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GMH has oversight hearing

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 by Sabrina Salas Matanane

Guam - Guam Memorial Hospital administrator Joseph Verga and chief financial officer Alan Ulrich appeared before lawmakers for an oversight hearing this afternoon. Today's  oversight hearing with the Guam Memorial Hospital authority was called by Healthcare Committee chair Senator Dennis Rodriguez, Jr. in light of a report released by the Office of Public Accountability into the hospital's finances in Fiscal Year 2013.

The audit report emphasized "GMH has incurred recurring losses and negative cash flows from operations that raise substantial doubt about its ability to continue as a going concern."

The audit of the hospital's FY13 finances  described expenditures steadily increasing in the last 5 years while revenues declined. Auditors also noted how operating losses since 2009 jumped from $6 million to $34 million in FY13.  Public Auditor Dores Flores Brooks also talked about the hospital's $235 million patient receivables of which she said $210 million was determined to be collectible.

"I remember when I first saw this I said you're flatlining you're flatlining its amazing your surviving there problem is that every 2 weeks they're looking for enough money to make payroll," she said.

Hospital administrator Joseph Verga described to lawmakers unexpected and unfunded circumstances that have contributed to the hospital's financial quandry, but he also outlined the hard work he and his team have been working on to improve finances. Verga citing an example of progress made on reconstructing information that the Centers for Medicare and Medicaid claim has been missing to complete its assessment of whether it will recognize the hospital's request to the US Department of Health and Human Services for an increase of Medicare reimbursement rates.  As we've reported for more than a decade, GMH has been requesting exceptions to the Tax Equity and Fiscal Responsibility Act rate based on actual costs of service. GMH has been paying significantly more to treat Medicare patients losing millions each year due to low reimbursement rates.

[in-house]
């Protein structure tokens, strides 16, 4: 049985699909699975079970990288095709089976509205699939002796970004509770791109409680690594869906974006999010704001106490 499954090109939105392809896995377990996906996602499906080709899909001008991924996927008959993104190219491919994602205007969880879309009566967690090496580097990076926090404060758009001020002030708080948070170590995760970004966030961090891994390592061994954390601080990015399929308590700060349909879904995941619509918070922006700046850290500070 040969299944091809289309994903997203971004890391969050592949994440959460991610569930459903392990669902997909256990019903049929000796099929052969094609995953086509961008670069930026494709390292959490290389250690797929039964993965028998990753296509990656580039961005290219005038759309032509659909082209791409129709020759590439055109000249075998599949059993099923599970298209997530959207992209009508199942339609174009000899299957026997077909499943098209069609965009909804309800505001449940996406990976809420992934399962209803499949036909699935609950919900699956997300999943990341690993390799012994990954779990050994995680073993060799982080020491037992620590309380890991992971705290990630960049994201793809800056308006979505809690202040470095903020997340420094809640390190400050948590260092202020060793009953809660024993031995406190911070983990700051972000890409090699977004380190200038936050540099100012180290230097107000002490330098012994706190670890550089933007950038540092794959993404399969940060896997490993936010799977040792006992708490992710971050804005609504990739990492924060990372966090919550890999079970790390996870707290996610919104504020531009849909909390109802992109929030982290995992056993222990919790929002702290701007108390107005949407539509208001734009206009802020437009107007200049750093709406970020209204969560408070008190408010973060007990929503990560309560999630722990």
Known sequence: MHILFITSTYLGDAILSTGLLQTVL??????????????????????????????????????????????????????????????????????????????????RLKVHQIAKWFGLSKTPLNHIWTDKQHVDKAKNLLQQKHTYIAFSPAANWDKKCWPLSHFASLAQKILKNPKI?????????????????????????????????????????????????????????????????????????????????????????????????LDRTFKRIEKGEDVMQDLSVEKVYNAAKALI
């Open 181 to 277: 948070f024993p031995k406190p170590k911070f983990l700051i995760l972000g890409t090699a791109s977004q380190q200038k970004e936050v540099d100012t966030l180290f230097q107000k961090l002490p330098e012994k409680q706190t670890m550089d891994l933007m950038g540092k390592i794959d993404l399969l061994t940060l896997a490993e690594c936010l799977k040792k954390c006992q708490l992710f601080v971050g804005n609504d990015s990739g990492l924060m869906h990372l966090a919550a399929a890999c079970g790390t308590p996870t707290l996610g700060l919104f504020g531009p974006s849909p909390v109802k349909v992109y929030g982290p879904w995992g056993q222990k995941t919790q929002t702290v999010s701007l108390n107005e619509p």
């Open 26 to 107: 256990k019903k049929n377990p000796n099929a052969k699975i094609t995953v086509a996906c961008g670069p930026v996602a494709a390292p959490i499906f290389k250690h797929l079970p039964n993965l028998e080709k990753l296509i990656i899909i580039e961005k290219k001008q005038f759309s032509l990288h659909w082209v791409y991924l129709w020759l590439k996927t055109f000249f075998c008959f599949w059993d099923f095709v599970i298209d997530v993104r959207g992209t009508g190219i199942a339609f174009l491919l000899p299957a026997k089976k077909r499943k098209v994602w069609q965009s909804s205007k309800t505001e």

"We have put together an application I just recently signed the application and the application is now on the desk of CMS in Washington I have personally spoken to secretary of HHS who said she was impressed by what  we have put together and has invited me to Washington to meet with her and she said personally that she was intent on helping us I thought this was such a positive step forward I am very very optimistic that we are going to get this rebate," he said.

As for other initiatives to resuscitate its flatlining finances GMH hopes that by the end of August they will sign off on a  contract with a collections agency. Once that's finalized self pay patients will have on month to clear their debt with GMH. The hospital is also looking to outsource its billing, coding,  and collections for all commercial and government accounts.  GMH is also in negotiations and hoping to finalize a contract with insurance companies by August 1st proposing an increase. Verga also continued his push to implement a Customs user fee, which Senator Aline Yamashita encouraged him to explore and engage in discussions with the local agency. Verga estimates this will result in $20 million in new revenue annually to GMH.

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